Date: Monday 18 Jun 2012
Papua New Guinea focused gold and copper explorer Papua Mining posted a full year profit compared to a loss the previous year following an exceptional credit.
The group reported an operating profit of $55,589 for the year ended December 31st due to an exceptional credit, compared to a loss of £213,000 in 2010.
Papua Mining, which has three exploration licences in Papua New Guinea, said it is positive about its prospects for drilling success.
Chief executive officer Hugh McCullough said, "Our licence holdings make Papua Mining one of the more prominent explorers in the region. We are operating in a highly prospective area with a strong team of professional geologists and technicians with proven track records."
"We have carried out an intensive exploration programme over the past 12 months, the results of which have confirmed management's confidence in the targets already identified and several promising new targets have also emerged."
The company has also applied for a further 11 licences, many of which are at an advanced stage of the application and issue process. If all licence applications are granted, the group will hold a total licence area of some 4,350 square kilometres, it explained in a company statement.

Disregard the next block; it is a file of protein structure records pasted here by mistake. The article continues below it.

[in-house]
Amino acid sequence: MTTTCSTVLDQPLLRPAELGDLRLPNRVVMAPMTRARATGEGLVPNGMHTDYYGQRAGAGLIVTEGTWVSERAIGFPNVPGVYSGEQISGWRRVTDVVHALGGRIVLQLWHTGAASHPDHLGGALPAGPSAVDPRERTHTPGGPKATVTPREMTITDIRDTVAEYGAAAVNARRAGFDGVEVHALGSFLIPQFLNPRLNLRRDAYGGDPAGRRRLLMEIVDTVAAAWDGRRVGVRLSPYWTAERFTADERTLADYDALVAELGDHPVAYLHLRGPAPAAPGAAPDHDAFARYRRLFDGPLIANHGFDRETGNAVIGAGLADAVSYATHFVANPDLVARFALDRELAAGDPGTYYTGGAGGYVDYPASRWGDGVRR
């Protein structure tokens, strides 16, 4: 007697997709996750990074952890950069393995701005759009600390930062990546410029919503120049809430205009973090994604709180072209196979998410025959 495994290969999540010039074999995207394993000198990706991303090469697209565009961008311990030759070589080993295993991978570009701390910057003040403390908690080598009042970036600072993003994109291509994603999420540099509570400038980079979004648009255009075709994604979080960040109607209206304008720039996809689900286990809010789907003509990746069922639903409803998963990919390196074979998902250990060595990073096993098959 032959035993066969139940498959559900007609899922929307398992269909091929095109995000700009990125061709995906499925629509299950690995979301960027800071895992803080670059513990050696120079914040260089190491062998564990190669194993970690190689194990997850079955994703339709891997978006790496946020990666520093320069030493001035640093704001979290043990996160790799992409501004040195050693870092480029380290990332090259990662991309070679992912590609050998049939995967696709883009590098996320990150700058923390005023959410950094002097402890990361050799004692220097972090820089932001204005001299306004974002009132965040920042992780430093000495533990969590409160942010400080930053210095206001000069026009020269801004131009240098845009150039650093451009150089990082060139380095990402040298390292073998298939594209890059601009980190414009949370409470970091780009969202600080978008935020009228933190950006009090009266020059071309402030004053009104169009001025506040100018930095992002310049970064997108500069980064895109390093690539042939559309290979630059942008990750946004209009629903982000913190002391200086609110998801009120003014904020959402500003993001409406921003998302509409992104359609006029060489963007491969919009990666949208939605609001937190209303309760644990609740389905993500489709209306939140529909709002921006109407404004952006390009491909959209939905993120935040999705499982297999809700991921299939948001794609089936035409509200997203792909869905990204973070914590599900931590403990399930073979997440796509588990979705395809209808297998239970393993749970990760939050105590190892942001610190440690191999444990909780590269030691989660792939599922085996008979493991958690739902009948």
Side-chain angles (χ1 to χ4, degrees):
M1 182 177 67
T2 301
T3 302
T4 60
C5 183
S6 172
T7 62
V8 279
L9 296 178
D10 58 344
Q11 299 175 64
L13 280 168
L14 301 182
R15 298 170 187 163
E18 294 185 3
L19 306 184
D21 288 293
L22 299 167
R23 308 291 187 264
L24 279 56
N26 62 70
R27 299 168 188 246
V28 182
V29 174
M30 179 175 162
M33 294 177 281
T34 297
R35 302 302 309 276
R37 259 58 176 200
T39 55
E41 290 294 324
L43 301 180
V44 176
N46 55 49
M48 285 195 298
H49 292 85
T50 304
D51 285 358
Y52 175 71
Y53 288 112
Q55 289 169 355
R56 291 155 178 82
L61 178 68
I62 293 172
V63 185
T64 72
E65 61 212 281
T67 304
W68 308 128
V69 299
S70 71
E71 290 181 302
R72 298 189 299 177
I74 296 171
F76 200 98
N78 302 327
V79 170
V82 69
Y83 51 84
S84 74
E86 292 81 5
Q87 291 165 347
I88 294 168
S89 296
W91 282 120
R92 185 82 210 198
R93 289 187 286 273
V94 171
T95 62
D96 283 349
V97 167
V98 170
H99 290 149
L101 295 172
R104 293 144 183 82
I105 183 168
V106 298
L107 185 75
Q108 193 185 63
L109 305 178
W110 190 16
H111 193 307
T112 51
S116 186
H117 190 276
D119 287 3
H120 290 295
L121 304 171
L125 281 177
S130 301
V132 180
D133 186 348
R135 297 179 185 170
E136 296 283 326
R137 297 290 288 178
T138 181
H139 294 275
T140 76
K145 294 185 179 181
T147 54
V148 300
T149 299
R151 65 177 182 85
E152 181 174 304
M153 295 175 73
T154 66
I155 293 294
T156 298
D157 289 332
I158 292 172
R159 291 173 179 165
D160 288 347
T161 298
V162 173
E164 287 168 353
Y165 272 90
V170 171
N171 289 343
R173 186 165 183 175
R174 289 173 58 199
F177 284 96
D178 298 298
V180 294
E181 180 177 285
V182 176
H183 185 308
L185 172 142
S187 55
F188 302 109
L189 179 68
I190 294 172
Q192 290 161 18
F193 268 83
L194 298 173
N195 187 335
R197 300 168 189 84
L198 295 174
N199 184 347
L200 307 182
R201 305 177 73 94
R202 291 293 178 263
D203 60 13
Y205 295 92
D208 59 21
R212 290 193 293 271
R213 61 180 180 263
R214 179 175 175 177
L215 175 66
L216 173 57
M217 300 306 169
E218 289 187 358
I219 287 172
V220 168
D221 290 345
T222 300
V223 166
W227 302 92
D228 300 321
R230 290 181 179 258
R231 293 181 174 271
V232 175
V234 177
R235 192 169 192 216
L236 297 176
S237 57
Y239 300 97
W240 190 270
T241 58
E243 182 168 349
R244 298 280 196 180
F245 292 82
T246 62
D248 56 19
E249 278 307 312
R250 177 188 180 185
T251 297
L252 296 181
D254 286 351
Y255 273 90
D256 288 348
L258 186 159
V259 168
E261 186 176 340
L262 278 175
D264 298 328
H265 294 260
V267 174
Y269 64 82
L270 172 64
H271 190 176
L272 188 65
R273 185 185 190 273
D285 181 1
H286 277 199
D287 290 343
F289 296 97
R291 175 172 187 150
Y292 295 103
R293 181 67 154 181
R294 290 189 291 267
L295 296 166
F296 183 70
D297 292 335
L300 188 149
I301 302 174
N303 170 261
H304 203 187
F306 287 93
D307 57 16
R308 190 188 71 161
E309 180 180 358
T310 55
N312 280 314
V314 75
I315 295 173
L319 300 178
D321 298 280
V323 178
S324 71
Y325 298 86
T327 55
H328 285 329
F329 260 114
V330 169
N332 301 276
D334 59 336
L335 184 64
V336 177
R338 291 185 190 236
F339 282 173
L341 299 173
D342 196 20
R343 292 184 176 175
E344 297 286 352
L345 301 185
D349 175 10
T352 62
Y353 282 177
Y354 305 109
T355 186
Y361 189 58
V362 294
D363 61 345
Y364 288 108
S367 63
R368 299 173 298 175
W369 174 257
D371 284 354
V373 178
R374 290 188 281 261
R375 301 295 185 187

Papua Mining's drilling programme due to start in the fourth quarter of 2012.
German business park operator Sirius Real Estate came in slightly ahead of estimates after boosting rents on its properties and keeping tenants for longer.
Total income for the year was flat at €45.7m with adjusted earnings before tax coming in at €2.9m.
Occupancy increased to 78% from 76% the year before, while average rates increased to €4.21 per square metre from €4.13.
However, the poor economic environment hit its portfolio, which was revalued at €485.7m, compared to €505.5m the previous year.
Sirius said this was down to the valuer DTZ taking a more negative stance towards the German economy.
"Whilst GDP figures in the first quarter of 2012 have shown steady growth in the Germany economy, the wider difficulties in the Eurozone make economic forecasting difficult" the firm said.
"Our experiences indicate that the German SME market remains resilient with demand for flexible work space reasonably constant."
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